What were you like at eighteen? I was in my first year of college, and apart from academia, wasn't even close to having my adult game together. Neither is Lizzie Brandt, ex-valedictorian and scholarship student turned party girl. In fact, she's busy sleeping with another girl's boyfriend on the night she finds out that her parents are dead and she's been made her brothers' guardian.
We read OUT ON GOOD BEHAVIOR in the wonderful Unapologetic Romance Reader group for Pride Month. I'd heard wonderful things about Dahlia Adler, so participation was a no-brainer. Sadly, I didn't like the book - at all. Not because of the writing, which was excellent, or the sex scenes, which were well done. No, my dislike of the book was entirely because of the main character, Frankie "Can't Keep It In Her Pants" Bellisario, who is the embodiment of every negative stereotype of pansexuality there is.
I wanted to give this author another shot, though, because I did like her writing style, and managed to snag a copy of LAST WILL AND TESTAMENT when it was on sale to buddy-read with my good friend, Sarah. From the first page, I knew that this was going to be a totally different story. Lizzie is no Frankie. She's not selfish, she's not sex-obsessed, she's not a serial-cheater who leaves a trail of bruised and broken hearts in her wake. She's a young girl who makes foolish decisions because she's scared of the future, but she gets her shit in gear when fate deals her a heaping plate of responsibility.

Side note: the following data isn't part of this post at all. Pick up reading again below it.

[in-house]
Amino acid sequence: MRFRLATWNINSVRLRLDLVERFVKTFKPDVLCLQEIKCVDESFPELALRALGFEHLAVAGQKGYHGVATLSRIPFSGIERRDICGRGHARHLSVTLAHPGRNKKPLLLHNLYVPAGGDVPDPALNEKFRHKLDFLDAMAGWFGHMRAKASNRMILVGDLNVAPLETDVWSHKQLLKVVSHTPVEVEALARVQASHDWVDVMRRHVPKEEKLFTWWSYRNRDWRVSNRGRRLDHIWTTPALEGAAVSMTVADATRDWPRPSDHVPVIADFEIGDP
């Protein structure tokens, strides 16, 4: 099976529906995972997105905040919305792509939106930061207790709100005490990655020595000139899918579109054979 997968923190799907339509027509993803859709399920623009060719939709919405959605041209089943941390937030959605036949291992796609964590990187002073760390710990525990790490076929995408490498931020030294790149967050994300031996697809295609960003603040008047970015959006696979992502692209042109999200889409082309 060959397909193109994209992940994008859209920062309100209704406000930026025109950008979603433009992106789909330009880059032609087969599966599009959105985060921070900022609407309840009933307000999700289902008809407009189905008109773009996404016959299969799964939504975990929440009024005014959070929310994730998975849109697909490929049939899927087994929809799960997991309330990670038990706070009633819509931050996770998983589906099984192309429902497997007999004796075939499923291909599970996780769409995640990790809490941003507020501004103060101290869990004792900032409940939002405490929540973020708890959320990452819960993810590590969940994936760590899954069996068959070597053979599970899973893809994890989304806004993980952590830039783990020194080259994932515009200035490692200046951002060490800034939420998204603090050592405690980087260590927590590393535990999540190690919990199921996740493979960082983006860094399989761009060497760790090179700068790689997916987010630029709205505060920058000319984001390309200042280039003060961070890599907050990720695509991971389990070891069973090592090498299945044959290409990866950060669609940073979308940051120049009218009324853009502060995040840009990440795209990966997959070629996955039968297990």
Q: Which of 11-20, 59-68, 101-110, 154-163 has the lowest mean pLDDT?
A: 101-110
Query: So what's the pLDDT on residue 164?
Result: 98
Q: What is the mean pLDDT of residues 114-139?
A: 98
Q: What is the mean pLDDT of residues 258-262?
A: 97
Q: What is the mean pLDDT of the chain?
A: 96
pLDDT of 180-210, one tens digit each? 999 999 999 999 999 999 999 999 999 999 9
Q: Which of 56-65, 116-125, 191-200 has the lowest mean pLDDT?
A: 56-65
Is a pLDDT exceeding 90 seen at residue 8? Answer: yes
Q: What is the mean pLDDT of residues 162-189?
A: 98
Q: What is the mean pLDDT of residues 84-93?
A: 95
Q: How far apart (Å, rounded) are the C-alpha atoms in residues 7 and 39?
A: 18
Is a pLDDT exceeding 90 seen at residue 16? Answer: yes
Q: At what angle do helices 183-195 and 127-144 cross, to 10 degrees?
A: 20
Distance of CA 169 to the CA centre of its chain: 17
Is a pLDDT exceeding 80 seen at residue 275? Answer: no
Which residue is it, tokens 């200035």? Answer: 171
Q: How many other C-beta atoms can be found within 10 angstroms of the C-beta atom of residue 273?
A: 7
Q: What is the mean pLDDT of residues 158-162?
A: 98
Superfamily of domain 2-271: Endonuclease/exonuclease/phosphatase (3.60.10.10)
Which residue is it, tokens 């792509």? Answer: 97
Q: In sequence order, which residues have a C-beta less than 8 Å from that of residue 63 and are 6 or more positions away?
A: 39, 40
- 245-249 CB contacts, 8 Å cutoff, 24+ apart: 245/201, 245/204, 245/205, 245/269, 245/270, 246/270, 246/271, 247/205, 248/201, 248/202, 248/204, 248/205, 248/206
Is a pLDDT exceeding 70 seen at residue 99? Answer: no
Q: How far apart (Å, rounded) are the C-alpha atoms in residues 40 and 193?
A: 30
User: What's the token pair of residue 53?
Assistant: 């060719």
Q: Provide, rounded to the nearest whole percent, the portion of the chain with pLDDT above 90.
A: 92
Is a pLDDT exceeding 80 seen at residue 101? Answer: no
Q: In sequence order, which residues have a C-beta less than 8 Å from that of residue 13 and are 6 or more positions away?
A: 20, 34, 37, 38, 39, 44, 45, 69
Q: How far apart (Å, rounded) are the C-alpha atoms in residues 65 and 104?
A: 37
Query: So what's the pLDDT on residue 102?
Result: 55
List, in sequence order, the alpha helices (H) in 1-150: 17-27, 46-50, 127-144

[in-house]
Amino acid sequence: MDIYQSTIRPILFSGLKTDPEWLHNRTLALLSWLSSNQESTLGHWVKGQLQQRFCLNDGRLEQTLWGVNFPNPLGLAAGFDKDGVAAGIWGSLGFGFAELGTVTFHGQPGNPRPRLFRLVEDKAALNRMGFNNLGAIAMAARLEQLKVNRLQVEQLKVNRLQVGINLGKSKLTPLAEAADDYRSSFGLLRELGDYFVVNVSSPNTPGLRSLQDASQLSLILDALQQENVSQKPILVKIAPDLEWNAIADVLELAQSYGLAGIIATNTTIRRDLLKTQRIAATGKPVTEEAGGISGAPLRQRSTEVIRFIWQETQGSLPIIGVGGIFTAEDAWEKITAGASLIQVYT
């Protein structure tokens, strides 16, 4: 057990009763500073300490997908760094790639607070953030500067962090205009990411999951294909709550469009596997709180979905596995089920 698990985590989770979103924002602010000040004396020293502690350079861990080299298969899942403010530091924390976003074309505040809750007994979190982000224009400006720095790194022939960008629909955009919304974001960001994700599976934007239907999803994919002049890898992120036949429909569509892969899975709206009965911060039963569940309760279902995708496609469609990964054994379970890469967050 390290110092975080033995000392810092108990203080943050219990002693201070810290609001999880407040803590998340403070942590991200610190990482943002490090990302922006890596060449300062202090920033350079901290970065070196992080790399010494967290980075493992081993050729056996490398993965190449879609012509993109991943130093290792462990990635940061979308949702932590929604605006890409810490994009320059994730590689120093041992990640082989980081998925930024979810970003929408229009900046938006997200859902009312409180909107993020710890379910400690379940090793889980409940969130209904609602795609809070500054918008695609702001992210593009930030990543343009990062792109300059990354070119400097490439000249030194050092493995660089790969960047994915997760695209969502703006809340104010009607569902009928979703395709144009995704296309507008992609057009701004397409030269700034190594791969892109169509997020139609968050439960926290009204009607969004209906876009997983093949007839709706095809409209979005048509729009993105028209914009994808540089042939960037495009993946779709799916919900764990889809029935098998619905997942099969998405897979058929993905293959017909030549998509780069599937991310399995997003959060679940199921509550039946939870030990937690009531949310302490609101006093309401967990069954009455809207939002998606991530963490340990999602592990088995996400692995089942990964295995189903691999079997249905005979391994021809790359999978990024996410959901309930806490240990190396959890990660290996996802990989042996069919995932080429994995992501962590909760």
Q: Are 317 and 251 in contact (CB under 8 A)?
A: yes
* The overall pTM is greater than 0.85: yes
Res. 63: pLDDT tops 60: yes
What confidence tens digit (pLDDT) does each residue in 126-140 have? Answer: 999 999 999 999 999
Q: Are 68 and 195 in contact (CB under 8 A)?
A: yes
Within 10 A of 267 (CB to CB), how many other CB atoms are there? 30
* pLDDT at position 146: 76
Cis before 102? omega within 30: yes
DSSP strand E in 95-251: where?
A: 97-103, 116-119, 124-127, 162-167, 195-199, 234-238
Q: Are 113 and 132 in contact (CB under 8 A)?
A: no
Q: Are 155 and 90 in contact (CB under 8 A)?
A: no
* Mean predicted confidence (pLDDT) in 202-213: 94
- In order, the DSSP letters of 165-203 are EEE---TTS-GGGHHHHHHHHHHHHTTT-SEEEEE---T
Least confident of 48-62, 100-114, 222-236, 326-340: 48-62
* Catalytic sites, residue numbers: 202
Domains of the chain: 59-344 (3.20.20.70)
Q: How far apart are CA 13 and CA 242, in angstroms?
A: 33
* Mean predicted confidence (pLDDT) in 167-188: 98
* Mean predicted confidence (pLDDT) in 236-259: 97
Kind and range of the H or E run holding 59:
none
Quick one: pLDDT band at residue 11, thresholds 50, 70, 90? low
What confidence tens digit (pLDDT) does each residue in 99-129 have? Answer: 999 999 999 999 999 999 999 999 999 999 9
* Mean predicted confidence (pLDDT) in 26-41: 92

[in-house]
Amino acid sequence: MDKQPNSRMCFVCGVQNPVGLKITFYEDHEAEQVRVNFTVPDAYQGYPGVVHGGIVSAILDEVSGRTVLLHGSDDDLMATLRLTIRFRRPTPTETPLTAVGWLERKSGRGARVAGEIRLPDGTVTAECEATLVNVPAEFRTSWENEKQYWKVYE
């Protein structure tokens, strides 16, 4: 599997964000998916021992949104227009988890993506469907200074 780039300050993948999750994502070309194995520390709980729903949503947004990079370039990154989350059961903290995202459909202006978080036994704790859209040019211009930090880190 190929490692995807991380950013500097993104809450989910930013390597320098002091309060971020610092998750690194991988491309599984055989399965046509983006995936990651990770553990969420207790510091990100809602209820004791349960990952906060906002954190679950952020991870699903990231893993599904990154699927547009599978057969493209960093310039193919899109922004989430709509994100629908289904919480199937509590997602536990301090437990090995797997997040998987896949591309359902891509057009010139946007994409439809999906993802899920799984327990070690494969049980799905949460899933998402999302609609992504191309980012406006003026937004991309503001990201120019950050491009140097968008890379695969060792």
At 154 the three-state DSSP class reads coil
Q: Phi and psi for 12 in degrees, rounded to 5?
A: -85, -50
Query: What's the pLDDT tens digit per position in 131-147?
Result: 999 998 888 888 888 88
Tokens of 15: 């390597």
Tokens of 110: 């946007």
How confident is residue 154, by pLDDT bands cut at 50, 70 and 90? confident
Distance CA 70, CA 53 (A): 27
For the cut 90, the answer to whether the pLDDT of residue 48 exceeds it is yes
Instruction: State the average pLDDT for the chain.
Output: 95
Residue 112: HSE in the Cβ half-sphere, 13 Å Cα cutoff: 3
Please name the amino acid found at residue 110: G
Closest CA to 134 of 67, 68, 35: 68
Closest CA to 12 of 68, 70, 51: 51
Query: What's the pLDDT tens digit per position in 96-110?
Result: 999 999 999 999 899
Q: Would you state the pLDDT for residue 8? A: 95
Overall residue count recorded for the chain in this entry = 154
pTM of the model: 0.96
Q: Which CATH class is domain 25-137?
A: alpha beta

One of the things I liked best about this book was Lizzie's relationship with her two younger brothers, Tyler and Max. Sometimes younger siblings can feel like comic reliefs or plot devices, but Max and Tyler had their own personalities and desires that sometimes came into conflict with Lizzie's, but despite their arguments, you really got a sense for the love they shared and their desire to be happy together, in spite of their terrible, terrible tragedy.
That was another thing that I thought was handled incredibly well - Lizzie's grief and her sense of loss. I kept tearing up, because it was so easy to project myself into her shoes and ask myself, "What if this happened to me?" Given the fact that her whole support group has just disappeared, it makes sense that she would grow attached to the closest thing she has to a mentor/nuturer in her life, her tutor-slash-TA, the nerdily gorgeous, Canadian-born Connor Lawson.
Connor and Lizzie are cute together, except when they're fighting and then I want to put them both in the corner and have them think about what they're doing. Unlike most NA book arguments however, I felt like Connor and Lizzie actually raised valid points when they fought, and it was interesting to see how the relationship continued despite the obvious conflict of interest and Lizzie's mourning.
Also, props to Sophie for being the craziest b-word that ever inhabited the e-word. She is Queen Cray-Cray, and all should bow down to her for being the crazy piece of work that she is.
Am I going to read the next book? Oh yeah!
3.5 to 4 out of 5 stars!
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